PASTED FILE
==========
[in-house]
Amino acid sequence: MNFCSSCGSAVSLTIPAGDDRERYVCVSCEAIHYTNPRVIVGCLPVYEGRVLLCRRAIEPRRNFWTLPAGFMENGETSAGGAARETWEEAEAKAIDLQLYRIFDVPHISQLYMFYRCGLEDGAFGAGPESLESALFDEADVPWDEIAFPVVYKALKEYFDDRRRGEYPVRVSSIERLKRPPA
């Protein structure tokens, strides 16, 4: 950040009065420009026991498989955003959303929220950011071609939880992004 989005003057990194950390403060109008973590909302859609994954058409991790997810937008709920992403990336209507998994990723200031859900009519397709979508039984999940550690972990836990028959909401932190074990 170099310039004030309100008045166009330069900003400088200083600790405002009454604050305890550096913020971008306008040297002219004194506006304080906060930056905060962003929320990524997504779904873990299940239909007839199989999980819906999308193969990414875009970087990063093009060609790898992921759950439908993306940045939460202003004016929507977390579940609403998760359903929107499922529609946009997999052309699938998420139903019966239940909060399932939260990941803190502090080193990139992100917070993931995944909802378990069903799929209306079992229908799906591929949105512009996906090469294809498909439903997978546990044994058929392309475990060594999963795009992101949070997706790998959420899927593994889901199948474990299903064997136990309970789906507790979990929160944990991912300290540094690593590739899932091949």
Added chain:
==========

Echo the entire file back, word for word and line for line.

[in-house]
Amino acid sequence: MNFCSSCGSAVSLTIPAGDDRERYVCVSCEAIHYTNPRVIVGCLPVYEGRVLLCRRAIEPRRNFWTLPAGFMENGETSAGGAARETWEEAEAKAIDLQLYRIFDVPHISQLYMFYRCGLEDGAFGAGPESLESALFDEADVPWDEIAFPVVYKALKEYFDDRRRGEYPVRVSSIERLKRPPA
């Protein structure tokens, strides 16, 4: 950040009065420009026991498989955003959303929220950011071609939880992004 989005003057990194950390403060109008973590909302859609994954058409991790997810937008709920992403990336209507998994990723200031859900009519397709979508039984999940550690972990836990028959909401932190074990 170099310039004030309100008045166009330069900003400088200083600790405002009454604050305890550096913020971008306008040297002219004194506006304080906060930056905060962003929320990524997504779904873990299940239909007839199989999980819906999308193969990414875009970087990063093009060609790898992921759950439908993306940045939460202003004016929507977390579940609403998760359903929107499922529609946009997999052309699938998420139903019966239940909060399932939260990941803190502090080193990139992100917070993931995944909802378990069903799929209306079992229908799906591929949105512009996906090469294809498909439903997978546990044994058929392309475990060594999963795009992101949070997706790998959420899927593994889901199948474990299903064997136990309970789906507790979990929160944990991912300290540094690593590739899932091949």
Added chain: